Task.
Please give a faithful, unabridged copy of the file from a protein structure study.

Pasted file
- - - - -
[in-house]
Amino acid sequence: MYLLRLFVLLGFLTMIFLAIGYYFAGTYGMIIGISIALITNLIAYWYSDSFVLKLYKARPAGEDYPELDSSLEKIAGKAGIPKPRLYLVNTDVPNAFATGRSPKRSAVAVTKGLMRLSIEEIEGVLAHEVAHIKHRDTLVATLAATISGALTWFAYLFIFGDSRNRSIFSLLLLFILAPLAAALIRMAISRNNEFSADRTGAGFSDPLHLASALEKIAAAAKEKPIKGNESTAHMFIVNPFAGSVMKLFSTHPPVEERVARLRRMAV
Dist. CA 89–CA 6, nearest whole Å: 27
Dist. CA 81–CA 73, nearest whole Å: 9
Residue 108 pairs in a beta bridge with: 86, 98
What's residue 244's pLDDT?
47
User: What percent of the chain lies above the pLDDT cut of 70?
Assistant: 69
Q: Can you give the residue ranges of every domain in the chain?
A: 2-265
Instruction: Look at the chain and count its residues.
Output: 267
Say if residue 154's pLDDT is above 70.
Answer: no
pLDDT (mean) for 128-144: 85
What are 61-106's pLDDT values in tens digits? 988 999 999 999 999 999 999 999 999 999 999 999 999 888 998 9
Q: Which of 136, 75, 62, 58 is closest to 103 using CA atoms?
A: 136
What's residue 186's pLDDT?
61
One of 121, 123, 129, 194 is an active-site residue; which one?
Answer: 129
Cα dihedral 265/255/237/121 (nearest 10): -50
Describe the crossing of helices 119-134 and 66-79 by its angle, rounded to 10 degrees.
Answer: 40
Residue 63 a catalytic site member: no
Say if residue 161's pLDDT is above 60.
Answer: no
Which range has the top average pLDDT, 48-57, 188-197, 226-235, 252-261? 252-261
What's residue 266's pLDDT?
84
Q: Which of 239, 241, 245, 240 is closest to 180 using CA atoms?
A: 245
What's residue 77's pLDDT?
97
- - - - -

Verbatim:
[in-house]
Amino acid sequence: MYLLRLFVLLGFLTMIFLAIGYYFAGTYGMIIGISIALITNLIAYWYSDSFVLKLYKARPAGEDYPELDSSLEKIAGKAGIPKPRLYLVNTDVPNAFATGRSPKRSAVAVTKGLMRLSIEEIEGVLAHEVAHIKHRDTLVATLAATISGALTWFAYLFIFGDSRNRSIFSLLLLFILAPLAAALIRMAISRNNEFSADRTGAGFSDPLHLASALEKIAAAAKEKPIKGNESTAHMFIVNPFAGSVMKLFSTHPPVEERVARLRRMAV
Dist. CA 89–CA 6, nearest whole Å: 27
Dist. CA 81–CA 73, nearest whole Å: 9
Residue 108 pairs in a beta bridge with: 86, 98
What's residue 244's pLDDT?
47
User: What percent of the chain lies above the pLDDT cut of 70?
Assistant: 69
Q: Can you give the residue ranges of every domain in the chain?
A: 2-265
Instruction: Look at the chain and count its residues.
Output: 267
Say if residue 154's pLDDT is above 70.
Answer: no
pLDDT (mean) for 128-144: 85
What are 61-106's pLDDT values in tens digits? 988 999 999 999 999 999 999 999 999 999 999 999 999 888 998 9
Q: Which of 136, 75, 62, 58 is closest to 103 using CA atoms?
A: 136
What's residue 186's pLDDT?
61
One of 121, 123, 129, 194 is an active-site residue; which one?
Answer: 129
Cα dihedral 265/255/237/121 (nearest 10): -50
Describe the crossing of helices 119-134 and 66-79 by its angle, rounded to 10 degrees.
Answer: 40
Residue 63 a catalytic site member: no
Say if residue 161's pLDDT is above 60.
Answer: no
Which range has the top average pLDDT, 48-57, 188-197, 226-235, 252-261? 252-261
What's residue 266's pLDDT?
84
Q: Which of 239, 241, 245, 240 is closest to 180 using CA atoms?
A: 245
What's residue 77's pLDDT?
97